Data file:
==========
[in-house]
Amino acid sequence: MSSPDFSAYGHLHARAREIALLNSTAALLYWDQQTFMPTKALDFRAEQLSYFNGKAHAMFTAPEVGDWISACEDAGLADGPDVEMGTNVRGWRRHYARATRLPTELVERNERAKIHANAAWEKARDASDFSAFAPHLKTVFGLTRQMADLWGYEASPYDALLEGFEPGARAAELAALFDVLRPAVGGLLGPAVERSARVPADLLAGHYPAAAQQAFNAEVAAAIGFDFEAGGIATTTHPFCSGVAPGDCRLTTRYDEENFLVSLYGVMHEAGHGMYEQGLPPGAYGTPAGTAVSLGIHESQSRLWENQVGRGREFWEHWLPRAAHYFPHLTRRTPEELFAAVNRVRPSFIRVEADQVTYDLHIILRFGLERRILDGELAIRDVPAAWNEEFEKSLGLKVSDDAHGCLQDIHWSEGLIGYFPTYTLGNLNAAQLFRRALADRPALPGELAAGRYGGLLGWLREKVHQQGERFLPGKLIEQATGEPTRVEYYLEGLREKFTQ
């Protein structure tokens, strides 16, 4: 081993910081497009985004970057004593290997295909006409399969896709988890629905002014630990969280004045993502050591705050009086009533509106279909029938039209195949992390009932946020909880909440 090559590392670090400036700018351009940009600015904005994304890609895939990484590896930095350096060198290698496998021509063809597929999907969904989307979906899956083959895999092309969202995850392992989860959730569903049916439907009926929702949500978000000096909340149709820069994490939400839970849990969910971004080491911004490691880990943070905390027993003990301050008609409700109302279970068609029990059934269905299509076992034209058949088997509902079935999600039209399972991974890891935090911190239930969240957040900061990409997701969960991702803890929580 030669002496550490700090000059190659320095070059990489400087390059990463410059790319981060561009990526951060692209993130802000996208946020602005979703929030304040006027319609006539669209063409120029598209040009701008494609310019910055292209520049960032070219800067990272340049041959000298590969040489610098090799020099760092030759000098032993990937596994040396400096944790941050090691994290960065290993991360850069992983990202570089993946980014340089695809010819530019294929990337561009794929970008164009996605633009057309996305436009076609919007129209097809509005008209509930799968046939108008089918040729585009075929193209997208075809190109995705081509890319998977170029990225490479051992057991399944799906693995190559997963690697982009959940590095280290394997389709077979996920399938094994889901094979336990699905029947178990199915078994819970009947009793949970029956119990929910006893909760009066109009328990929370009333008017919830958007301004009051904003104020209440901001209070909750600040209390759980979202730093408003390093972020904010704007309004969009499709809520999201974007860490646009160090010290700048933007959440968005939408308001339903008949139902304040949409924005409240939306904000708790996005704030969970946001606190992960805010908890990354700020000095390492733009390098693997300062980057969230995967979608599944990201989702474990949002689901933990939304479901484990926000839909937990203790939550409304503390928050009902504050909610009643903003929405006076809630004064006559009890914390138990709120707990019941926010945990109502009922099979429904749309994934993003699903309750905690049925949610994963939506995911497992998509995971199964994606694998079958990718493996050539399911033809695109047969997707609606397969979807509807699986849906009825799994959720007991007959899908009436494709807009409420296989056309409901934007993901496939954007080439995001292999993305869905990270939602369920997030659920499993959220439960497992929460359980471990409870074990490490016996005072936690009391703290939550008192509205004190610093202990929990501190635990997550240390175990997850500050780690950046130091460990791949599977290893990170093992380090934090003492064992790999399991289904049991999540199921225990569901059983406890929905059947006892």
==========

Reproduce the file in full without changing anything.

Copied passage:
[in-house]
Amino acid sequence: MSSPDFSAYGHLHARAREIALLNSTAALLYWDQQTFMPTKALDFRAEQLSYFNGKAHAMFTAPEVGDWISACEDAGLADGPDVEMGTNVRGWRRHYARATRLPTELVERNERAKIHANAAWEKARDASDFSAFAPHLKTVFGLTRQMADLWGYEASPYDALLEGFEPGARAAELAALFDVLRPAVGGLLGPAVERSARVPADLLAGHYPAAAQQAFNAEVAAAIGFDFEAGGIATTTHPFCSGVAPGDCRLTTRYDEENFLVSLYGVMHEAGHGMYEQGLPPGAYGTPAGTAVSLGIHESQSRLWENQVGRGREFWEHWLPRAAHYFPHLTRRTPEELFAAVNRVRPSFIRVEADQVTYDLHIILRFGLERRILDGELAIRDVPAAWNEEFEKSLGLKVSDDAHGCLQDIHWSEGLIGYFPTYTLGNLNAAQLFRRALADRPALPGELAAGRYGGLLGWLREKVHQQGERFLPGKLIEQATGEPTRVEYYLEGLREKFTQ
């Protein structure tokens, strides 16, 4: 081993910081497009985004970057004593290997295909006409399969896709988890629905002014630990969280004045993502050591705050009086009533509106279909029938039209195949992390009932946020909880909440 090559590392670090400036700018351009940009600015904005994304890609895939990484590896930095350096060198290698496998021509063809597929999907969904989307979906899956083959895999092309969202995850392992989860959730569903049916439907009926929702949500978000000096909340149709820069994490939400839970849990969910971004080491911004490691880990943070905390027993003990301050008609409700109302279970068609029990059934269905299509076992034209058949088997509902079935999600039209399972991974890891935090911190239930969240957040900061990409997701969960991702803890929580 030669002496550490700090000059190659320095070059990489400087390059990463410059790319981060561009990526951060692209993130802000996208946020602005979703929030304040006027319609006539669209063409120029598209040009701008494609310019910055292209520049960032070219800067990272340049041959000298590969040489610098090799020099760092030759000098032993990937596994040396400096944790941050090691994290960065290993991360850069992983990202570089993946980014340089695809010819530019294929990337561009794929970008164009996605633009057309996305436009076609919007129209097809509005008209509930799968046939108008089918040729585009075929193209997208075809190109995705081509890319998977170029990225490479051992057991399944799906693995190559997963690697982009959940590095280290394997389709077979996920399938094994889901094979336990699905029947178990199915078994819970009947009793949970029956119990929910006893909760009066109009328990929370009333008017919830958007301004009051904003104020209440901001209070909750600040209390759980979202730093408003390093972020904010704007309004969009499709809520999201974007860490646009160090010290700048933007959440968005939408308001339903008949139902304040949409924005409240939306904000708790996005704030969970946001606190992960805010908890990354700020000095390492733009390098693997300062980057969230995967979608599944990201989702474990949002689901933990939304479901484990926000839909937990203790939550409304503390928050009902504050909610009643903003929405006076809630004064006559009890914390138990709120707990019941926010945990109502009922099979429904749309994934993003699903309750905690049925949610994963939506995911497992998509995971199964994606694998079958990718493996050539399911033809695109047969997707609606397969979807509807699986849906009825799994959720007991007959899908009436494709807009409420296989056309409901934007993901496939954007080439995001292999993305869905990270939602369920997030659920499993959220439960497992929460359980471990409870074990490490016996005072936690009391703290939550008192509205004190610093202990929990501190635990997550240390175990997850500050780690950046130091460990791949599977290893990170093992380090934090003492064992790999399991289904049991999540199921225990569901059983406890929905059947006892």